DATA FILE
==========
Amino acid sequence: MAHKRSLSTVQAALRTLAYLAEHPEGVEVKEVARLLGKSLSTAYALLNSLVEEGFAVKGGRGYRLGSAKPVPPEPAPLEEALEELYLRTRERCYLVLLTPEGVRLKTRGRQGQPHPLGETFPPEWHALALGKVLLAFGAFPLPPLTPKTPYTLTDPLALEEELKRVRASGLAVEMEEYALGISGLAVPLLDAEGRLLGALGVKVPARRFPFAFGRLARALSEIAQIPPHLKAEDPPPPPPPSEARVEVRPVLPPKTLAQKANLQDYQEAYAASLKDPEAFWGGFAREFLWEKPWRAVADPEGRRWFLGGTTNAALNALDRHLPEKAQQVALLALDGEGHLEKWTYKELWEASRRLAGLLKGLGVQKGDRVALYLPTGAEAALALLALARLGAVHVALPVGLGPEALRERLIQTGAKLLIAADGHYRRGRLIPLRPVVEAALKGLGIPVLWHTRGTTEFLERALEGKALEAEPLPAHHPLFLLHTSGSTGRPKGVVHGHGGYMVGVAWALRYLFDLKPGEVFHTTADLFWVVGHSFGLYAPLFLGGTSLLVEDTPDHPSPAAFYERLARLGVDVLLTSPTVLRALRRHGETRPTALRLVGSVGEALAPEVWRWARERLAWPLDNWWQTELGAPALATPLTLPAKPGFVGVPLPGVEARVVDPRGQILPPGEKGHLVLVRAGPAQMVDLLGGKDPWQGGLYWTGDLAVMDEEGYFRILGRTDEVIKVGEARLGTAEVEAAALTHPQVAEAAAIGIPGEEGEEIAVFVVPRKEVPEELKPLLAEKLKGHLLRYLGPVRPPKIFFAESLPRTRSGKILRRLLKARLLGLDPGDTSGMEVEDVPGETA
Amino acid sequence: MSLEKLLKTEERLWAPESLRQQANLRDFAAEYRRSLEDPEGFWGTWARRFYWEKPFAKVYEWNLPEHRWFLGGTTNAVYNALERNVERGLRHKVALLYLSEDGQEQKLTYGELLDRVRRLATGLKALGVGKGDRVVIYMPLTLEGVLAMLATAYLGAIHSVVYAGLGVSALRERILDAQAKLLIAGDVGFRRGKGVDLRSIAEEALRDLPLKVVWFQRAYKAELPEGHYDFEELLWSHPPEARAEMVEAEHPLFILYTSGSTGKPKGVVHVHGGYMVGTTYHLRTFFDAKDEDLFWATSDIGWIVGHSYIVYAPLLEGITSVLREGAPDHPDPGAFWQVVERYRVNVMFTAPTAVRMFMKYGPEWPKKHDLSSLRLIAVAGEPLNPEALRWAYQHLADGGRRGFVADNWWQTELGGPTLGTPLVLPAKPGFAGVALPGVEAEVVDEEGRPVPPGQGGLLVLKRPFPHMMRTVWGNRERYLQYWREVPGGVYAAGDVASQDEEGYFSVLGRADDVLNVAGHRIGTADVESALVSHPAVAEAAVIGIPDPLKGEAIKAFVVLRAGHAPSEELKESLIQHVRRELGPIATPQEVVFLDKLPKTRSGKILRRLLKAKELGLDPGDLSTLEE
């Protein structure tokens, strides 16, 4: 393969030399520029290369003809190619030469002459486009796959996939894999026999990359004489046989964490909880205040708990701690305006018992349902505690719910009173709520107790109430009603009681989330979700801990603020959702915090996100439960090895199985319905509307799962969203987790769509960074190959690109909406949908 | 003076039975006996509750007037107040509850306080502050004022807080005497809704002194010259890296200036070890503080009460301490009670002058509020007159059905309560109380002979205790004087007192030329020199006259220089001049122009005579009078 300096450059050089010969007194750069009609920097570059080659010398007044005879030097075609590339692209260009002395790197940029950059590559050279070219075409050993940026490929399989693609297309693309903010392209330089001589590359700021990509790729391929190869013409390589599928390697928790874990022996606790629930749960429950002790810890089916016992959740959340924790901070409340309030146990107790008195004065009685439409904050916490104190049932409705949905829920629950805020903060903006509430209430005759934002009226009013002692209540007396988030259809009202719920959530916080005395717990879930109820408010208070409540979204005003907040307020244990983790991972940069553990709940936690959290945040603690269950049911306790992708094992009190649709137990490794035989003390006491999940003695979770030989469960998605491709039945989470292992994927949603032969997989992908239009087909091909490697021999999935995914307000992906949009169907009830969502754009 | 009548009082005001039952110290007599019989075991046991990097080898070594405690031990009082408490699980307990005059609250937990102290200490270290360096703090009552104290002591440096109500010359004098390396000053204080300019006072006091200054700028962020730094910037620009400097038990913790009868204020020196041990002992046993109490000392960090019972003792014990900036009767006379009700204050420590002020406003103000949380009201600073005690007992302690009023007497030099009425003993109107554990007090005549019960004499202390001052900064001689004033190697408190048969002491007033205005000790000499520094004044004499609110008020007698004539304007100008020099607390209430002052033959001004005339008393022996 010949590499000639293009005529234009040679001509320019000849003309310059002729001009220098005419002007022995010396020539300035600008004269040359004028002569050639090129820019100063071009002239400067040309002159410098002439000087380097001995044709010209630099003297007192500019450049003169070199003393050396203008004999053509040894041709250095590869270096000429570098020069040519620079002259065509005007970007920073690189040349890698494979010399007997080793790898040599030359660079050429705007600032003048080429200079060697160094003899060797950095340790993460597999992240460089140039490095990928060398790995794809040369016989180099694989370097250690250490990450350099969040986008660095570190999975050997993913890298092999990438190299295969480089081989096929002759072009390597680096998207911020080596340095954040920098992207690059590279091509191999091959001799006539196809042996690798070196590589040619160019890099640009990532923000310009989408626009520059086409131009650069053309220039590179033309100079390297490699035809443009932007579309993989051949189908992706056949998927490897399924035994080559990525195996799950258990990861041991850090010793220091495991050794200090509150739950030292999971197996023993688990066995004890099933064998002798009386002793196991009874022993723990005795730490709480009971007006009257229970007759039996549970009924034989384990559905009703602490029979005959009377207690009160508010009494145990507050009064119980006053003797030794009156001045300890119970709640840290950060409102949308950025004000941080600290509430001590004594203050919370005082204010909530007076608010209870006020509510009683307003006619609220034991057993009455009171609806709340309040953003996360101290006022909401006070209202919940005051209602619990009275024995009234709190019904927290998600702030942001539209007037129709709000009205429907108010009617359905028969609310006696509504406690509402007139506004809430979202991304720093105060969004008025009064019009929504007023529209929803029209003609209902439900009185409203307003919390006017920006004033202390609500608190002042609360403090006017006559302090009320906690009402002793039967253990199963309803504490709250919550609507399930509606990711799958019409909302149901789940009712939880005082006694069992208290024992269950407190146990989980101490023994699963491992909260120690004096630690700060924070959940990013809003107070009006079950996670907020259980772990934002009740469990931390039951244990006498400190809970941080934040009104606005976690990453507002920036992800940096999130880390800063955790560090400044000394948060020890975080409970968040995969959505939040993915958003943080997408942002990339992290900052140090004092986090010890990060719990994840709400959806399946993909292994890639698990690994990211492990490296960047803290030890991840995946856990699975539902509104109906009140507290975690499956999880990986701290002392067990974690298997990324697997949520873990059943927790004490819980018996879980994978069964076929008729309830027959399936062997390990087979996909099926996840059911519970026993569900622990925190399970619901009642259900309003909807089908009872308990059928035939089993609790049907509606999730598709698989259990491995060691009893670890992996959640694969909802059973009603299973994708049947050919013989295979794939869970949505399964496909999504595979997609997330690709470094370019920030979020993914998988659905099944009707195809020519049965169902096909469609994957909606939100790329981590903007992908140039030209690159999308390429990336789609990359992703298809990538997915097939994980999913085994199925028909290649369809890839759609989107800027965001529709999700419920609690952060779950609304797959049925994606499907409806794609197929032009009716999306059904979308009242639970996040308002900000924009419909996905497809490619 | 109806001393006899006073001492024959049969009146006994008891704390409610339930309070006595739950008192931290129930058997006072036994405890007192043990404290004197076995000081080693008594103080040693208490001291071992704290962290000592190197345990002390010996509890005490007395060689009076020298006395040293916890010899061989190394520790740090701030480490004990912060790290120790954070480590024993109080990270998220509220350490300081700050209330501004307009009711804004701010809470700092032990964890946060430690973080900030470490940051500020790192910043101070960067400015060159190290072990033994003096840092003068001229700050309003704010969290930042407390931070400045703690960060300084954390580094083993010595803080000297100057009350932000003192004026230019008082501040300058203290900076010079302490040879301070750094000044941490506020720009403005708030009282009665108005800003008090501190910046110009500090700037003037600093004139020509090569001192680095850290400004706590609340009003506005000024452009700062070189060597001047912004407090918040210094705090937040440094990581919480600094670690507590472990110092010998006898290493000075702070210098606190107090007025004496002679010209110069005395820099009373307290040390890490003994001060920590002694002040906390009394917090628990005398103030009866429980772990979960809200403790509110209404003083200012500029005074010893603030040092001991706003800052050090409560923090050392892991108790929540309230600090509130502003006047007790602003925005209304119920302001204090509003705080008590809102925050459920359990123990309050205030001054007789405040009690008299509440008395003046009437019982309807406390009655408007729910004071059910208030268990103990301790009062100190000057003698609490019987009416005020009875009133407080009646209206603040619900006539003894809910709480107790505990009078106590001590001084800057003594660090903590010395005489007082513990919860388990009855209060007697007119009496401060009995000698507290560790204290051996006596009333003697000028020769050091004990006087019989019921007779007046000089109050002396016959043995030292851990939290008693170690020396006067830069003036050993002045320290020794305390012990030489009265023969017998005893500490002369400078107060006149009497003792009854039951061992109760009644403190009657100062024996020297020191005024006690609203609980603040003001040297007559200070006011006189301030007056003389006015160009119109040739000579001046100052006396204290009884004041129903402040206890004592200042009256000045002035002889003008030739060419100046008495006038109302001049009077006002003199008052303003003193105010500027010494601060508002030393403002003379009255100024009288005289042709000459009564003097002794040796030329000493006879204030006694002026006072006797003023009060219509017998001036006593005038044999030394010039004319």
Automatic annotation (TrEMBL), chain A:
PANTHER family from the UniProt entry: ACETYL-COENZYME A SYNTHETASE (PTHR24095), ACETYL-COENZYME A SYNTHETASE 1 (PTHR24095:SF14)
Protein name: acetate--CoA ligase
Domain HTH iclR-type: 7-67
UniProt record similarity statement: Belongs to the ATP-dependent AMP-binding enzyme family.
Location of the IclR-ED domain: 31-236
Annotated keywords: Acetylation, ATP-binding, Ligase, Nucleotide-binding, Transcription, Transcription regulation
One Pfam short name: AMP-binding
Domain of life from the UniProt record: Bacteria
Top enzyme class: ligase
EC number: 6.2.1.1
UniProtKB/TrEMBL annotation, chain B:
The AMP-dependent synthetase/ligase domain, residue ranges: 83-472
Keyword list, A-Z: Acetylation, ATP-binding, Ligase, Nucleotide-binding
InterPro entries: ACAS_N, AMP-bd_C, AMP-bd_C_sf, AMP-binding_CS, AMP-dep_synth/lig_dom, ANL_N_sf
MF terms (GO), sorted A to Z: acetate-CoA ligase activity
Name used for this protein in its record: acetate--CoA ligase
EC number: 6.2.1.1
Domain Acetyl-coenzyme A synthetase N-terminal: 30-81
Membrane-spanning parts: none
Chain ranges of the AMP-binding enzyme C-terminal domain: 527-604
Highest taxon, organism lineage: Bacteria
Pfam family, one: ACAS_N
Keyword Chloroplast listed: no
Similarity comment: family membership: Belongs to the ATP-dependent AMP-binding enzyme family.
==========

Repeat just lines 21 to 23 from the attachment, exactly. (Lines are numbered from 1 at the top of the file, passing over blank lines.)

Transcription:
EC number: 6.2.1.1
Domain Acetyl-coenzyme A synthetase N-terminal: 30-81
Membrane-spanning parts: none